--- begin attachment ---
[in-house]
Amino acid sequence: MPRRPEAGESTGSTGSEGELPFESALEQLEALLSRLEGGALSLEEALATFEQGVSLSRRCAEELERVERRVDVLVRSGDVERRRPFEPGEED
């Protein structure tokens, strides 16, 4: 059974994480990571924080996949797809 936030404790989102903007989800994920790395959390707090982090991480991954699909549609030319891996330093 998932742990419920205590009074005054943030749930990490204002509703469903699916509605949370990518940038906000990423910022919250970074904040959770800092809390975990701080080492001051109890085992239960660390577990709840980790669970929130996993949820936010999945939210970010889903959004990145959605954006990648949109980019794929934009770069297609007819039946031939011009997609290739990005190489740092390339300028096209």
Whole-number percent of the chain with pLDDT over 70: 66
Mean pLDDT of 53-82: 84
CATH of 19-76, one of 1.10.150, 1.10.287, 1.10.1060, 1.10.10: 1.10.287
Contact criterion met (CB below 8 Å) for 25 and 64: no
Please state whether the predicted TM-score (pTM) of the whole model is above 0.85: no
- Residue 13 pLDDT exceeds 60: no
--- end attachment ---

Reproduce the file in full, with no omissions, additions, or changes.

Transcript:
[in-house]
Amino acid sequence: MPRRPEAGESTGSTGSEGELPFESALEQLEALLSRLEGGALSLEEALATFEQGVSLSRRCAEELERVERRVDVLVRSGDVERRRPFEPGEED
């Protein structure tokens, strides 16, 4: 059974994480990571924080996949797809 936030404790989102903007989800994920790395959390707090982090991480991954699909549609030319891996330093 998932742990419920205590009074005054943030749930990490204002509703469903699916509605949370990518940038906000990423910022919250970074904040959770800092809390975990701080080492001051109890085992239960660390577990709840980790669970929130996993949820936010999945939210970010889903959004990145959605954006990648949109980019794929934009770069297609007819039946031939011009997609290739990005190489740092390339300028096209």
Whole-number percent of the chain with pLDDT over 70: 66
Mean pLDDT of 53-82: 84
CATH of 19-76, one of 1.10.150, 1.10.287, 1.10.1060, 1.10.10: 1.10.287
Contact criterion met (CB below 8 Å) for 25 and 64: no
Please state whether the predicted TM-score (pTM) of the whole model is above 0.85: no
- Residue 13 pLDDT exceeds 60: no